New Mexico Business Coalition President Carla Sonntag: ‘We’re seeing that the state is happy to take the money from this industry but it frequently is raising barriers and constraints’

Carla Sonntag | Provided by Carla Sonntag

By New Mexico Sun

Feb 5, 2024   

The New Mexico House of Representatives recently conducted a hearing on H.B. 133, a bill proposing amendments to the state’s existing Oil and Gas Act. The proposed changes sparked mixed reactions from citizens, with some expressing support while others voiced concerns. Carla Sonntag, President of the New Mexico Business Coalition, was among those who expressed apprehension about the potential impact of the bill on the oil and gas industry.

Sonntag stated, “Our overriding concern is that there continue to be burdensome regulations, fees, and rules imposed on the industry that is currently providing about 40% to 50% of the state’s budget.” She further added, “We’re seeing that the state is happy to take the money from this industry but it frequently is raising barriers and constraints that cause more harm to our operators.”

The Oil and Gas Act in New Mexico, which serves as the primary regulatory framework for these industries in the state, was originally enacted in 1935 and last updated in the 1990s. According to Source NM, officials from the New Mexico Energy, Minerals and Natural Resources Department have suggested that this act is outdated. Despite several regulatory laws passed by Governor Michelle Lujan Grisham in 2021 and 2022 relating to oil and gas industry regulation, she faced criticism for not doing enough during the 2023 legislative session.

As reported by New Mexico In Depth, when SB 133 was under committee review, lawmakers attempted to strike a balance between environmental concerns and fears of overregulation potentially undermining profits from one of New Mexico’s largest revenue sources. Provisions requiring oil and gas infrastructure to maintain certain distances from schools, health facilities, multifamily housing units, occupied homes, and waterways were removed before presenting the bill to the committee. However, provisions increasing bonds for wells required, legal penalties and fees remained intact along with incorporating a 98% gas capture target into law.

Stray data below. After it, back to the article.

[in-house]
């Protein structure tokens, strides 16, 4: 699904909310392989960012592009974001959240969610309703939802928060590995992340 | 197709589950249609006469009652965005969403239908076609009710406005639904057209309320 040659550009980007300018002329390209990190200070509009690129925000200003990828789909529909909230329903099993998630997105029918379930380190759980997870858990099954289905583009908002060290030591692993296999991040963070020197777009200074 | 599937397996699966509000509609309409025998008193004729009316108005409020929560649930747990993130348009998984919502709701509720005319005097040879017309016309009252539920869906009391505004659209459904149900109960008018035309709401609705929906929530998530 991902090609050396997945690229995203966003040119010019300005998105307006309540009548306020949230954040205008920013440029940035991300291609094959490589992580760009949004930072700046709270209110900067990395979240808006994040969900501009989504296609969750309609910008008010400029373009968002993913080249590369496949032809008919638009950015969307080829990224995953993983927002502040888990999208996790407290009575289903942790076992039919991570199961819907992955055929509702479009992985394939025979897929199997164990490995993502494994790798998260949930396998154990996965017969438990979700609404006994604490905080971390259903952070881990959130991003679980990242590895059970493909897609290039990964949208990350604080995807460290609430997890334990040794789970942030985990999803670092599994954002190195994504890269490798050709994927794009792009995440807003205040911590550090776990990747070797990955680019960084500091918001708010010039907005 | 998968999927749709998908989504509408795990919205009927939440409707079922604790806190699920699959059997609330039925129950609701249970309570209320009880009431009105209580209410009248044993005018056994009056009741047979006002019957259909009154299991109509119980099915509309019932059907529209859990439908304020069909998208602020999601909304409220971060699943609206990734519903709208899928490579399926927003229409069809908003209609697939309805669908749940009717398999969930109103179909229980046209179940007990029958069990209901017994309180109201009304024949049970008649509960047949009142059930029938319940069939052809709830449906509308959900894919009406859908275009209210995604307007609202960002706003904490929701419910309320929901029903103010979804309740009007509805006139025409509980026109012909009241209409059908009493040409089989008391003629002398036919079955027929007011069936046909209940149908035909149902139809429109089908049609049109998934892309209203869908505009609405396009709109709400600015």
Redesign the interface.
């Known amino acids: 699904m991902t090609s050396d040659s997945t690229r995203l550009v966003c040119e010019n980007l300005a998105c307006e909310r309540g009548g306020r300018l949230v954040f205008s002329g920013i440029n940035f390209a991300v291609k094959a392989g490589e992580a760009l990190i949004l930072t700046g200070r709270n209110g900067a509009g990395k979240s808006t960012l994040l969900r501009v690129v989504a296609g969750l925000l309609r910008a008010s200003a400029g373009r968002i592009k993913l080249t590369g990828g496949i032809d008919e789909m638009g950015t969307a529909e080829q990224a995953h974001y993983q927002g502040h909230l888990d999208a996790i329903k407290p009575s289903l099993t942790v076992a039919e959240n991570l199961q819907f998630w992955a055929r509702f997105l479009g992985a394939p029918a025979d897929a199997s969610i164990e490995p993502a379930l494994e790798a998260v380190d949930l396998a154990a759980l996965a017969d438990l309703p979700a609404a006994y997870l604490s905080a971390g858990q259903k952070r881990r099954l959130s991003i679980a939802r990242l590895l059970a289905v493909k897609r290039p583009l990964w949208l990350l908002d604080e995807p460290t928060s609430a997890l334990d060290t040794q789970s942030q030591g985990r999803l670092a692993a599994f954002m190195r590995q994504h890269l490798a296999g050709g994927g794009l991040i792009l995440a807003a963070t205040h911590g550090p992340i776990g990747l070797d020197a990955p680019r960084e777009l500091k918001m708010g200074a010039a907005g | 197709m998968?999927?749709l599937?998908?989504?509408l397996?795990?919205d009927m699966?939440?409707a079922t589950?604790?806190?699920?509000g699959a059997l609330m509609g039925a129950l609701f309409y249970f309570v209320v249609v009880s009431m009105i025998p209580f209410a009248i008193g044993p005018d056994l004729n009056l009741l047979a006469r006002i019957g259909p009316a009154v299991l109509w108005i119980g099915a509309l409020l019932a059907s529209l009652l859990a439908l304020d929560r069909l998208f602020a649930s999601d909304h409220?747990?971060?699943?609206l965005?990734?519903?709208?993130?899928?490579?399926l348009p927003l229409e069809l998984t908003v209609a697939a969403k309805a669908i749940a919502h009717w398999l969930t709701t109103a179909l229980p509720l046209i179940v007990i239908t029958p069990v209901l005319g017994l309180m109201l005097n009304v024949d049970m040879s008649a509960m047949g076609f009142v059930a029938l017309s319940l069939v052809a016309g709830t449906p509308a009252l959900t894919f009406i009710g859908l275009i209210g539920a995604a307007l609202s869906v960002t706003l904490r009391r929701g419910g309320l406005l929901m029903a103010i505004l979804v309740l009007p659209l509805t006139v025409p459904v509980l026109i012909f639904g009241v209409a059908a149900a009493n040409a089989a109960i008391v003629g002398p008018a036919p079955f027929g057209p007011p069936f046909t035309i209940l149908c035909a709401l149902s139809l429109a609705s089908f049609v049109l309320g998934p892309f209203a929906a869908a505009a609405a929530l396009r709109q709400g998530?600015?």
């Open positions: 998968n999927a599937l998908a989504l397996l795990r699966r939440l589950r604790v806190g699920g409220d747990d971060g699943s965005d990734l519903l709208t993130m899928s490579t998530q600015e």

During the hearing on H.B. 133, representatives from oil and gas companies and pro-business advocates expressed concerns that updating the Oil and Gas Act could lead to businesses relocating out of the state, job losses, a decline in New Mexico’s revenue, and disproportionately harsh impacts on smaller oil and gas companies compared to larger ones. The oil and gas industry is a significant contributor to New Mexico’s general fund revenue, making its regulation a complex issue for all parties involved.

As per the New Mexico Political Report, H.B. 133 passed the House committee with a vote of 7-4. All Democrats voted in favor while all Republicans opposed it. The bill will now proceed to the House floor for voting.

Sonntag is not only the president but also the founder of the New Mexico Business Coalition as stated by ABQ Connect. This nonpartisan organization serves business owners, employees, and individuals in New Mexico.